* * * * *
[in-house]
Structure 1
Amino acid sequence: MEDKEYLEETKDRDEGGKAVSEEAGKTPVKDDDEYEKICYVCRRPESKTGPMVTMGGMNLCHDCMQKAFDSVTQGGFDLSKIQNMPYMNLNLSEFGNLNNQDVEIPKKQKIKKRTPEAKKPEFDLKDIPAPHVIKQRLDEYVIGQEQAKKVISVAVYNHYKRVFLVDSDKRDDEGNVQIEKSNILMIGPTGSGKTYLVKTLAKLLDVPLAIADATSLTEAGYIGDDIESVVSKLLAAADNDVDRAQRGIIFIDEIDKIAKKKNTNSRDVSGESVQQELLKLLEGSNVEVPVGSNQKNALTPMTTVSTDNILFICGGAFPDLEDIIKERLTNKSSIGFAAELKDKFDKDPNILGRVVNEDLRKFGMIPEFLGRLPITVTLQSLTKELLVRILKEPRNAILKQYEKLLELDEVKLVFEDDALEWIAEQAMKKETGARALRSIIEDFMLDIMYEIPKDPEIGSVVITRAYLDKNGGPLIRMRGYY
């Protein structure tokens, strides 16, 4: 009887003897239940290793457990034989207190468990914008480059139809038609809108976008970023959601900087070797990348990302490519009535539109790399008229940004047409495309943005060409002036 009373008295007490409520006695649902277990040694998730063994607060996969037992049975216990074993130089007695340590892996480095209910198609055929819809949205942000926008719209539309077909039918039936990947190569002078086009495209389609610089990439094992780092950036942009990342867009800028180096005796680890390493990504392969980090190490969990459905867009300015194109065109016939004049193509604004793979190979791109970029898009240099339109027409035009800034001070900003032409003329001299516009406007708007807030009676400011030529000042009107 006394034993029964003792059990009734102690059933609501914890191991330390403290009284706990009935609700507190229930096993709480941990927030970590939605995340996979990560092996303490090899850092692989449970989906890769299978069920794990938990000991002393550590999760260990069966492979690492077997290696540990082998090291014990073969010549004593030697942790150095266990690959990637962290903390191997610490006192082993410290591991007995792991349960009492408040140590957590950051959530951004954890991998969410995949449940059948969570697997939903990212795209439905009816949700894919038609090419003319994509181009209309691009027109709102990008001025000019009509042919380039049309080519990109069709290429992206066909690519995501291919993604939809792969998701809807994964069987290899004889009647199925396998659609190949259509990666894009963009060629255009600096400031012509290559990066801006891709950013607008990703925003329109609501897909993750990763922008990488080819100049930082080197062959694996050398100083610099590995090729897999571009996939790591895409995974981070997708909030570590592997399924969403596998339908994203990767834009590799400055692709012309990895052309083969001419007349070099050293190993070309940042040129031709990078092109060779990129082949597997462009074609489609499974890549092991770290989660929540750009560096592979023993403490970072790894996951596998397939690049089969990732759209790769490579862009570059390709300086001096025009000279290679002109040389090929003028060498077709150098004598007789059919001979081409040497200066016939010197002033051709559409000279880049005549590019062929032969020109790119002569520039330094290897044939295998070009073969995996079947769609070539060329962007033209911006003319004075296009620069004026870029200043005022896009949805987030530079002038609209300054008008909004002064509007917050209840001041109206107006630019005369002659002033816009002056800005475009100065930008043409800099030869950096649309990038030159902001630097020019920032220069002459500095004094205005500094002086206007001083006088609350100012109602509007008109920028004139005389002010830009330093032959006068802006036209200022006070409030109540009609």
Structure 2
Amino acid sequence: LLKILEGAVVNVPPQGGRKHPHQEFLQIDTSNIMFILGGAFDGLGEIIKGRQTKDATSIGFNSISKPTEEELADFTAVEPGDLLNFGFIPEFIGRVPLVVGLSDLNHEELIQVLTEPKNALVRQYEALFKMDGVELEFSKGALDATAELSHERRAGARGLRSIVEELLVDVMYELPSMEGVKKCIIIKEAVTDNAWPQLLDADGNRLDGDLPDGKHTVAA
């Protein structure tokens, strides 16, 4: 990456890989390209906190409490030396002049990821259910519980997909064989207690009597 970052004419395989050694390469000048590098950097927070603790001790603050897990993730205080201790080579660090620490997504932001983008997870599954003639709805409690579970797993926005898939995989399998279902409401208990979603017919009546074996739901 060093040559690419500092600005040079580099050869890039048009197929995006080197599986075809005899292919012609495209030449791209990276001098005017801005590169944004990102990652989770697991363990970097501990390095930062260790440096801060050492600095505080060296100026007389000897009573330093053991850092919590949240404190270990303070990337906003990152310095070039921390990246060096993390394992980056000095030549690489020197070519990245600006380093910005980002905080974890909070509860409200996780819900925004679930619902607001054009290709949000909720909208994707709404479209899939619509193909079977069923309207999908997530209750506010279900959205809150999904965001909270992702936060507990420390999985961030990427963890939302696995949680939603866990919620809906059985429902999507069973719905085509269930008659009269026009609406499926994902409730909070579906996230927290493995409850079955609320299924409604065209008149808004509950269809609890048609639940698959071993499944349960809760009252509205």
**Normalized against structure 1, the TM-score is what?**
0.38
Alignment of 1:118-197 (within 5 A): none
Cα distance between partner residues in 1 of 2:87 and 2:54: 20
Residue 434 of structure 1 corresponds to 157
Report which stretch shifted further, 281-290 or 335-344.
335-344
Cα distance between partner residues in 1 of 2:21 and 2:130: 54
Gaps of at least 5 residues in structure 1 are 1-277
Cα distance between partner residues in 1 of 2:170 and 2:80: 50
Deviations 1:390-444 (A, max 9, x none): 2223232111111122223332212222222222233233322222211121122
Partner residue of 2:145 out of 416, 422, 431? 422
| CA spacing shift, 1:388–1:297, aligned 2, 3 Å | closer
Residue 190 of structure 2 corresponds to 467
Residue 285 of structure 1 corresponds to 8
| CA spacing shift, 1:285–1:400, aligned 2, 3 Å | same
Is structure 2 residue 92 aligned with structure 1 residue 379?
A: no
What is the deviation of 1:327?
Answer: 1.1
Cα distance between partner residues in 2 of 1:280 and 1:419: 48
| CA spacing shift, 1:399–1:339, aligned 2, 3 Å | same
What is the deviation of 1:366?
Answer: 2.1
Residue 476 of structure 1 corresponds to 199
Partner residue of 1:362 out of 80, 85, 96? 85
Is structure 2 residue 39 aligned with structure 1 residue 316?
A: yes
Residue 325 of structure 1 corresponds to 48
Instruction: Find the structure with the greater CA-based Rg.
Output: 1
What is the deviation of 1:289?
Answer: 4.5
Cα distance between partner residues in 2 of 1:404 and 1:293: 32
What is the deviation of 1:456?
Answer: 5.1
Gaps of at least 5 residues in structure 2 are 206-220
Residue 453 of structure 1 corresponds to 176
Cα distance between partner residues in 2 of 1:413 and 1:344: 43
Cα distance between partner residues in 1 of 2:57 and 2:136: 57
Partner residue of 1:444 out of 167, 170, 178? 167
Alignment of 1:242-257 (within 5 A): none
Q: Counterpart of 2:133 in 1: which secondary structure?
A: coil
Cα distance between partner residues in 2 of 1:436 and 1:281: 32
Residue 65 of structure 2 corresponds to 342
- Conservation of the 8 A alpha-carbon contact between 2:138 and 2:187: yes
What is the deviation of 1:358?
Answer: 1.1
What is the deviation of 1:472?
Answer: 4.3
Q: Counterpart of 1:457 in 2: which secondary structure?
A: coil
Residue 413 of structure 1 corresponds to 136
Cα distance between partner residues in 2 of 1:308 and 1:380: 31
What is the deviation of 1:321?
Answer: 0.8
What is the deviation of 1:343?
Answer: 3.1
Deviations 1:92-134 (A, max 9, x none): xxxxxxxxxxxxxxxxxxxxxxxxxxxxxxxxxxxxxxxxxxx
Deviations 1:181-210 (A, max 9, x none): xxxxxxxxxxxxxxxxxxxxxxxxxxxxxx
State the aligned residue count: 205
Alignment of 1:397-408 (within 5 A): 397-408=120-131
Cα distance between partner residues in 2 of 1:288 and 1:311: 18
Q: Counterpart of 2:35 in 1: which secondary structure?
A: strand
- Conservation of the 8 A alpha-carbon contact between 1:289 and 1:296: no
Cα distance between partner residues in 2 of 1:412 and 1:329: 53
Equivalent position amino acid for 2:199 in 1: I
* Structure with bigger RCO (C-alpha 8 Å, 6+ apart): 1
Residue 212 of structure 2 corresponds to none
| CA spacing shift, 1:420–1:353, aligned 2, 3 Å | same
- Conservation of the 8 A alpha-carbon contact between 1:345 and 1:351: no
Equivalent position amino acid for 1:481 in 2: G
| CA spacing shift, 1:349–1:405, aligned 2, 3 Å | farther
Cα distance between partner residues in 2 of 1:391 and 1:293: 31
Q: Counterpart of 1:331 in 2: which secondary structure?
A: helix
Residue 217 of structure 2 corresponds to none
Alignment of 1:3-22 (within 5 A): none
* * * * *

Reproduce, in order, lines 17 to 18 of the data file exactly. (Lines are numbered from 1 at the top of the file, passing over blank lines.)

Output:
Cα distance between partner residues in 1 of 2:170 and 2:80: 50
Deviations 1:390-444 (A, max 9, x none): 2223232111111122223332212222222222233233322222211121122